pal ownership bills. Adherents of the
Mueller bill , Indignant at Speaker
Miller's ruling in favor of the Lind-
ly bill , called the speaker a liar and
attempted to pull him from his chair.
ROOSEVELT 177 DEST OF HEALTH.
Chief Executive Rcndy to Reoumo Hla
Cinnabar. Mont. , April 21. Presi
dent K'lOMi'vcH'ii vacation lit at an end.
Ho giooted thu imminent ol | IH ! party
and a large number of people at lh
Mammoth Hot HiHngn | hotel In Vollovr-
Mtonu pin It aid : will rcmiinu hln tour
ted M y. The pruHldcnl Is the plcturo
of health and It can be Keen at a
Klance that the time he linn Hpont In
the park linn henu lienullclul to hit/ ,
lllrt eye ! H' bright and bin face
bron/.ed. Ho HpeiiltH In oiiUniiilantlo
lorniH of the pnrli and the good Unto
ho hud while touring It. Word had
gone forth neveral days n o thai h
would meet the people In the park ,
und when ho arrived at thu Mammoth
Hot HpilngH hold , where Uio recep
tion wan held , ho found a couple oC
hundred men nnd women I hero to
creel him. Thu president nddtuHRod
them In lolly , upoaldiiK of the good
time ho had had during the punt two
wcelfti , and then nhook handii with
The president and all those who ac
companied him on hl.'i tour of the park
are delighted with the trip. No acci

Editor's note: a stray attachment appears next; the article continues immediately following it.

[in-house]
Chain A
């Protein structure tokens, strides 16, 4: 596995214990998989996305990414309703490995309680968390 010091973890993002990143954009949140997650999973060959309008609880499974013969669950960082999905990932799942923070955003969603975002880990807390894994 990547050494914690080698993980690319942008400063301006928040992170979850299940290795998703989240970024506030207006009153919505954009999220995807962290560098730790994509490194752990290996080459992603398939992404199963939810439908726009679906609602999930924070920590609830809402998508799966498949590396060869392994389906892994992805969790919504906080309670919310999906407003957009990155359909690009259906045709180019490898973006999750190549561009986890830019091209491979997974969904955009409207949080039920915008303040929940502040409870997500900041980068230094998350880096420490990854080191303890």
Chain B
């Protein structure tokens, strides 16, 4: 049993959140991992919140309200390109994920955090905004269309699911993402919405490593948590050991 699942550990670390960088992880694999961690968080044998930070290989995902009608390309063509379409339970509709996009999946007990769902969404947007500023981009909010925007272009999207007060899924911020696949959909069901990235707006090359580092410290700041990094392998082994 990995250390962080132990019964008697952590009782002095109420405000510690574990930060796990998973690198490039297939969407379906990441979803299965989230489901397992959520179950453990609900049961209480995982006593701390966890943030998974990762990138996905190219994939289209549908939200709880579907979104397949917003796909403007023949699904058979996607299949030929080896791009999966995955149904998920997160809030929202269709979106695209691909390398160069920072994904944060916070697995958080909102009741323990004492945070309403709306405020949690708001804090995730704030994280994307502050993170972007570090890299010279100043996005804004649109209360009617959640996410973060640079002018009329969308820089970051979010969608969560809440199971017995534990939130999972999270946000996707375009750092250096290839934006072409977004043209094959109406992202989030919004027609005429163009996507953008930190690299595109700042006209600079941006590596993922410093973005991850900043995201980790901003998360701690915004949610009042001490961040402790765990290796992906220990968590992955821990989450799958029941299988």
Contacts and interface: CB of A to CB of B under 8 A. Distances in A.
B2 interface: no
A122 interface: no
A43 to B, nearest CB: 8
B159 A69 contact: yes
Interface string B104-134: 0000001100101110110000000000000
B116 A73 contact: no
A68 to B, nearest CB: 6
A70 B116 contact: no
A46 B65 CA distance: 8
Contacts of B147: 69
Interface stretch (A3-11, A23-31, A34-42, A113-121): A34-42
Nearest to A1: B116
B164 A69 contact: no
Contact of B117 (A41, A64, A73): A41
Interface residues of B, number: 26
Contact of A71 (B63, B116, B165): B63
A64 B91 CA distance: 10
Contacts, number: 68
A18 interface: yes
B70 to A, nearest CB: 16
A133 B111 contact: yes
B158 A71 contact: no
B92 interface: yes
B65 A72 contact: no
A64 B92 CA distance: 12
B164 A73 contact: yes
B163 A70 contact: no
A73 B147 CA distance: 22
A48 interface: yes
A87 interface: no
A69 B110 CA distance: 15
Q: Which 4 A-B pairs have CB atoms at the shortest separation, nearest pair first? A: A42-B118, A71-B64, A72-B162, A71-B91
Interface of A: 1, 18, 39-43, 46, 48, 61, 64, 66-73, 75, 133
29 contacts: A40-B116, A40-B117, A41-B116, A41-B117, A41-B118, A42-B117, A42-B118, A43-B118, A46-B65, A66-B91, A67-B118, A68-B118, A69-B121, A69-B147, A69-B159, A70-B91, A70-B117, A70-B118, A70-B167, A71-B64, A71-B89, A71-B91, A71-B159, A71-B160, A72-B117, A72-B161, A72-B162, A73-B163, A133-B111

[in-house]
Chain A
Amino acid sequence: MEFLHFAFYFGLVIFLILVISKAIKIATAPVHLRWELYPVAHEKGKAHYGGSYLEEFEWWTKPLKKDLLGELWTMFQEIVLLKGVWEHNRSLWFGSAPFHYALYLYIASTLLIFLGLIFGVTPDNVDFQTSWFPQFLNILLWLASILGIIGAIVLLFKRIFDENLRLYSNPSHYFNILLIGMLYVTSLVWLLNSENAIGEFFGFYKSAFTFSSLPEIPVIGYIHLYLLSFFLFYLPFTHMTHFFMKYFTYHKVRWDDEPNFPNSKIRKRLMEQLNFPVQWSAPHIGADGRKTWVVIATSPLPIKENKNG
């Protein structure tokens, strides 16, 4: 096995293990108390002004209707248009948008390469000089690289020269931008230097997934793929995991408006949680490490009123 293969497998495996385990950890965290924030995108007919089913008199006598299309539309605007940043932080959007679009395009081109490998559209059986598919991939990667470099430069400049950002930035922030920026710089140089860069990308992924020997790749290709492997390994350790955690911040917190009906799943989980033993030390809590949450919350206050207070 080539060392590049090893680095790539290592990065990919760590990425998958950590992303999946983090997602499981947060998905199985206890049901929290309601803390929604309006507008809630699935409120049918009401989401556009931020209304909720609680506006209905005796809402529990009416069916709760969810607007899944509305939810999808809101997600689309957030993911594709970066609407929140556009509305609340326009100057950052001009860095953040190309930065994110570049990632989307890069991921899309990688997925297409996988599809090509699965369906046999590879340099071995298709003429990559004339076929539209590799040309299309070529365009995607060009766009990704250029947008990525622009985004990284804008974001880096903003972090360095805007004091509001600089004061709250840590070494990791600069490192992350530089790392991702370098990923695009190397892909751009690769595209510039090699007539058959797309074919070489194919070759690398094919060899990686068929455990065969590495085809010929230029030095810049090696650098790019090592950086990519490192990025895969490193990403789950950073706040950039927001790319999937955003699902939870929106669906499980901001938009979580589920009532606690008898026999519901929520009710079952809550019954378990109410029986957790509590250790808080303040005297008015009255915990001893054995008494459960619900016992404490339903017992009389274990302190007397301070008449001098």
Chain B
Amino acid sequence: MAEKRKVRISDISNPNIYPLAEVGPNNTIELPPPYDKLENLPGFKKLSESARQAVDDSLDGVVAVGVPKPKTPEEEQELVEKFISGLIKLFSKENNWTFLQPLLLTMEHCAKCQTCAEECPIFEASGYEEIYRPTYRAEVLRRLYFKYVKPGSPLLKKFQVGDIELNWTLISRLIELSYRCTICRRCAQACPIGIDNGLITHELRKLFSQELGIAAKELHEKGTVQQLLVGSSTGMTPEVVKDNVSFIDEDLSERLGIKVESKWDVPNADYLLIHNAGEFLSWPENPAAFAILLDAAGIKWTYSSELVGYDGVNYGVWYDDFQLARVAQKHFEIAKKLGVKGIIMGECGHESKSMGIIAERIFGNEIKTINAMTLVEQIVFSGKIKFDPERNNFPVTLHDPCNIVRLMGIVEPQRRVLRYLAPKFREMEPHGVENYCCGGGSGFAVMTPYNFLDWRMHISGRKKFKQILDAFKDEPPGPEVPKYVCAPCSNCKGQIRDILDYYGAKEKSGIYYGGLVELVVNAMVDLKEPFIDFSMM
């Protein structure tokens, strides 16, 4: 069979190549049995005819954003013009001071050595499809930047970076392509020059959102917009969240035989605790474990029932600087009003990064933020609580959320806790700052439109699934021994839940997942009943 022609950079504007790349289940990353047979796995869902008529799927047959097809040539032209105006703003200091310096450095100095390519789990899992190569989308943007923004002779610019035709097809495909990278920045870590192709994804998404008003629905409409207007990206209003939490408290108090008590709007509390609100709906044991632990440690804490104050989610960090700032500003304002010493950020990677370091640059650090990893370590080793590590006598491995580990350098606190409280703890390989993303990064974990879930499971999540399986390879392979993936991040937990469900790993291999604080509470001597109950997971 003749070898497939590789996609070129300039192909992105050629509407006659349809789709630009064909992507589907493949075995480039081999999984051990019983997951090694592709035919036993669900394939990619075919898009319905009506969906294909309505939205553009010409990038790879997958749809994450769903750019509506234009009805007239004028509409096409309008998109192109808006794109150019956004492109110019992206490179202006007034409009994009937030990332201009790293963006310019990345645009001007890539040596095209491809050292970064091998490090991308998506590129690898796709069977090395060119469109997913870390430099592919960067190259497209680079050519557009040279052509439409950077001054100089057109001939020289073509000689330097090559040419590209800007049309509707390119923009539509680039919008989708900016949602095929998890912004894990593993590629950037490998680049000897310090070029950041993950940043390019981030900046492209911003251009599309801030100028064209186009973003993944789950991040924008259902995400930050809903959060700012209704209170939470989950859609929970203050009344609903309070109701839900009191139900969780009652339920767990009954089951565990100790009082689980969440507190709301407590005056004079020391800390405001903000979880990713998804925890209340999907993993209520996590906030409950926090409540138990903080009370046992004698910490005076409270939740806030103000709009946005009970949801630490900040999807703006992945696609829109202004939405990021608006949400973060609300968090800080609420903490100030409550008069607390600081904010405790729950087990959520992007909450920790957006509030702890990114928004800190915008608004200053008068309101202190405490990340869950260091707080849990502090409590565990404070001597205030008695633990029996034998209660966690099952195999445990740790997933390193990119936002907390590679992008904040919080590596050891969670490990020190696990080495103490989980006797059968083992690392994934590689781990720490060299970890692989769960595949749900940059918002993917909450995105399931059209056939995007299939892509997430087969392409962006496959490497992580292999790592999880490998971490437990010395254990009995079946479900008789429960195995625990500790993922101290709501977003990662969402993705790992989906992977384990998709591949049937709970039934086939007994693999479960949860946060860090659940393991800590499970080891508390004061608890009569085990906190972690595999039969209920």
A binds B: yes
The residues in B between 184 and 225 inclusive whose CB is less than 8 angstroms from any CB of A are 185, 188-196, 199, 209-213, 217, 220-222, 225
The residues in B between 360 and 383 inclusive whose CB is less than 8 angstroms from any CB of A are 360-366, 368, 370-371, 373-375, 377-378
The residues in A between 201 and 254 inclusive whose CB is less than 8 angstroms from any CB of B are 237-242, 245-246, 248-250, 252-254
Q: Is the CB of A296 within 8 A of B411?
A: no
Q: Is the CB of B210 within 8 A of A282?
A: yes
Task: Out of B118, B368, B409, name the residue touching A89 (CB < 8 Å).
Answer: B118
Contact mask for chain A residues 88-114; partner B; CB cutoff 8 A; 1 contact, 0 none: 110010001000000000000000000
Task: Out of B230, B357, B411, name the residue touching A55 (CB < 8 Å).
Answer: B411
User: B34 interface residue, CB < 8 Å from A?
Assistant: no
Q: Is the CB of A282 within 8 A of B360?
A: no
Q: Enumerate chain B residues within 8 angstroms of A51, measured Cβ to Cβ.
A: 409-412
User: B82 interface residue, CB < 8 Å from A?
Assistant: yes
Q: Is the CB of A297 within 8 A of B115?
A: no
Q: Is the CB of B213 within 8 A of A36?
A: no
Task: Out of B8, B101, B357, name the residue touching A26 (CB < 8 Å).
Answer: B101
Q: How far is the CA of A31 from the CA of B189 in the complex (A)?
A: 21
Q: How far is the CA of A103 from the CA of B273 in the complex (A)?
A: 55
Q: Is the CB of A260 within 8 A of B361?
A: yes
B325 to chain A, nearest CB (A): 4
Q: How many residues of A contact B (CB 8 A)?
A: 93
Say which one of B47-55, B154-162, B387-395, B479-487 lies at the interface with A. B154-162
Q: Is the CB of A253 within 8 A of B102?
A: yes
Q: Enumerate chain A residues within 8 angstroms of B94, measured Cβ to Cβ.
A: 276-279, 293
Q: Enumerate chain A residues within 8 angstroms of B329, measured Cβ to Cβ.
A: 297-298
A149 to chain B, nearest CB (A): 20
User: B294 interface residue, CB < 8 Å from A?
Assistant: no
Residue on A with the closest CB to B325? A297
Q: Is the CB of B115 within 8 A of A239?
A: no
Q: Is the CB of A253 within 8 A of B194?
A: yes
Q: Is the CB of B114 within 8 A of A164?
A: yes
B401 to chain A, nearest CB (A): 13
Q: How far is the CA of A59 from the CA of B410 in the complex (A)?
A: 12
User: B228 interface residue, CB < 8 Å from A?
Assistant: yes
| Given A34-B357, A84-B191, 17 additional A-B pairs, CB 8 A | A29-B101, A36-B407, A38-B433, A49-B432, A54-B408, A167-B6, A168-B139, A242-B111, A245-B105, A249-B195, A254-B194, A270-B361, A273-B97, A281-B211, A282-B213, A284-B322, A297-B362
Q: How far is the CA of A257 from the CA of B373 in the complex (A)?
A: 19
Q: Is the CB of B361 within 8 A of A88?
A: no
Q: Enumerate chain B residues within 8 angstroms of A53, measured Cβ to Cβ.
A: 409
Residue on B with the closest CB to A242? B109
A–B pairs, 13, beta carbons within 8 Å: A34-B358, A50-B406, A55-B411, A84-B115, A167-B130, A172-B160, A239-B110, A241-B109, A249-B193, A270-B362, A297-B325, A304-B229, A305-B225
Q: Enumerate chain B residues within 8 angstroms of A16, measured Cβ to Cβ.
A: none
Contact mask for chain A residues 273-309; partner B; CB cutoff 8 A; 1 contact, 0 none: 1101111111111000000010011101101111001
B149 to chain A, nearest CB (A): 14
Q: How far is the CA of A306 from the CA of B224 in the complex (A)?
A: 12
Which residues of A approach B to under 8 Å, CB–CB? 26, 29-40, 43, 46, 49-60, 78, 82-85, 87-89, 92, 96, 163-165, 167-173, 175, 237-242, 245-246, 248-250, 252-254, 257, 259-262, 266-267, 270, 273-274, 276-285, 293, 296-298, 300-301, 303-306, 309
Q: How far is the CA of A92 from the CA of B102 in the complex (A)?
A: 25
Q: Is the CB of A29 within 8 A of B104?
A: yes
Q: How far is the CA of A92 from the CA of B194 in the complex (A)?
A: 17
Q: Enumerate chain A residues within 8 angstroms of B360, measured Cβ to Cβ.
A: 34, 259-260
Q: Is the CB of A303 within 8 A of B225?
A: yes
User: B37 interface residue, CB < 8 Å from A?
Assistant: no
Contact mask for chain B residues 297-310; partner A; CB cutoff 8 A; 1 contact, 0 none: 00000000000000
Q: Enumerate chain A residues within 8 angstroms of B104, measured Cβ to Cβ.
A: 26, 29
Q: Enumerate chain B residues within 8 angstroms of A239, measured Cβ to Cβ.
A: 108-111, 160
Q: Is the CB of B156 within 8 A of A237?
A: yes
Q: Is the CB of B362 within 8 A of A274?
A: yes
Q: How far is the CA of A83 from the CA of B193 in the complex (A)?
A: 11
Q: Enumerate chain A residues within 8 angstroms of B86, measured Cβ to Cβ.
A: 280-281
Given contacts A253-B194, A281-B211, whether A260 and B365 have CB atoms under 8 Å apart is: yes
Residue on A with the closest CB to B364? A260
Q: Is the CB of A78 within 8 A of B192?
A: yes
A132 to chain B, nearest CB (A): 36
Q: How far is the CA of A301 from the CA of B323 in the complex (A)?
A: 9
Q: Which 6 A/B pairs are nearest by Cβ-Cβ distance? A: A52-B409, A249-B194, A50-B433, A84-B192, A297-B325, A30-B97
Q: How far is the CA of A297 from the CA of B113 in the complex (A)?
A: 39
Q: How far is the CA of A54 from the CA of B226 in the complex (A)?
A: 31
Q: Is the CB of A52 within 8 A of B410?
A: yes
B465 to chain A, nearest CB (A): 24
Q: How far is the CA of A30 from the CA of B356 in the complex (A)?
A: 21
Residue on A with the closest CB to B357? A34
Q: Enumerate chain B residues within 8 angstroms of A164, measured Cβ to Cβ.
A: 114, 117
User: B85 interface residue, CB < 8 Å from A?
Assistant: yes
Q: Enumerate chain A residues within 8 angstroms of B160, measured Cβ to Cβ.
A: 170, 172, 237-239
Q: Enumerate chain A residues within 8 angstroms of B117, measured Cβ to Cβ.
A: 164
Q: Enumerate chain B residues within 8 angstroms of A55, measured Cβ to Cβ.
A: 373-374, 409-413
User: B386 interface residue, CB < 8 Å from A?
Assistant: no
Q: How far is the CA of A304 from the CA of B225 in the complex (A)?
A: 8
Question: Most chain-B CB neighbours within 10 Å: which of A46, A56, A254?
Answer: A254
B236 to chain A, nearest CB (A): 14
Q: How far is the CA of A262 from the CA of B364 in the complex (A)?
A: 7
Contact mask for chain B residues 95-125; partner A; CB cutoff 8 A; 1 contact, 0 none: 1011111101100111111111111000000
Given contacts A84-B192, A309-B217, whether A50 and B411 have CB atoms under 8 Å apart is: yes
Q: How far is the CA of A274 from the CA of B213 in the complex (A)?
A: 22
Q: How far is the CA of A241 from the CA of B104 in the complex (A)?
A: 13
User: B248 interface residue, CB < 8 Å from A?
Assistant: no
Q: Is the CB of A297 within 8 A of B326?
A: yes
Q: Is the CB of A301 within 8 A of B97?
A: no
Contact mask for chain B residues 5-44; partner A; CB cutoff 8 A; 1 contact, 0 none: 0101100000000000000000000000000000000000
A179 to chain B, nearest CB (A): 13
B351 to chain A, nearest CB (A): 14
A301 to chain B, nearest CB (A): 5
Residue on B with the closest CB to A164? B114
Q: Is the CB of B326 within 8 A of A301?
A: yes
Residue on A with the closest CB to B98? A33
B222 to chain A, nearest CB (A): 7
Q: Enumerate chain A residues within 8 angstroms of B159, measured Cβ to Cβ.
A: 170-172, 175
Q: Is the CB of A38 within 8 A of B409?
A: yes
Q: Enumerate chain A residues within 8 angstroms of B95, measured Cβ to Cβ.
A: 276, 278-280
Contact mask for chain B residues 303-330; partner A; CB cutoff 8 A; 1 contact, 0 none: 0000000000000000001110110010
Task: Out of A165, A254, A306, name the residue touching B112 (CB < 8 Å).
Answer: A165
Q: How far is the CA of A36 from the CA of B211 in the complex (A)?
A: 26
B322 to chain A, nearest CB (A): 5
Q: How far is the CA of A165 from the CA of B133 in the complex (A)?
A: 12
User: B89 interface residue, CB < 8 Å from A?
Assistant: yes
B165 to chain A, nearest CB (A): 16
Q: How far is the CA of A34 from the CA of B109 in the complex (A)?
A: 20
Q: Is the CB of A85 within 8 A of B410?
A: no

dent occurred and the weather , moat
of the time , delightful. John Bur
roughs , who accompanied the presi
dent inoitt of the lime , was alHo great
ly benefited by liltt outdoor life and
hlu face Is nlno bronzed. The prcHl-
dent Hpont most of his time In study
ing the hahltii of the different speclea
of gamo. He would Ho for bourn near
ft herd of oik or mountain goats nnd
frequently walk for eight or ten mllen
to observe them. Ho also studied bird
life with Mr. Burroughs and iihowcd
hlmnelf particularly well posted on
this Bubjocl. Mr. Burroughs was able
to show him but ono bird with which
ho was not acquainted , namely the
DETECTIVES IN ST. LOUIS ,
Are Being Brought to Take Care of
St. LouiH , April 2-1. Spooial to the
NOWH : DotootivoH are being brought to
St. LonlH from many of the important
oitioH on account of the visit of the
president next week. They will arresi ( .
all profoshional criminals whom they
find Chicago men will look for Chicago
cage crookn , elo.
CARNEGIE AIDS TUSKEQEE.
Gives Institute $600,000 on Condition
that Booker Washngton Is Cared For.
Now York , April 24. The trustees
of the Tuskegce Normal and Industrial
Institute in Alabama have received
$000,000 toward the endowment fund
from Andrew Carnegie , who aliened
the recent meeting in behalf of the
TuHketco Institute , where ox-I'rcsldent
Grover Cleveland presided. The trus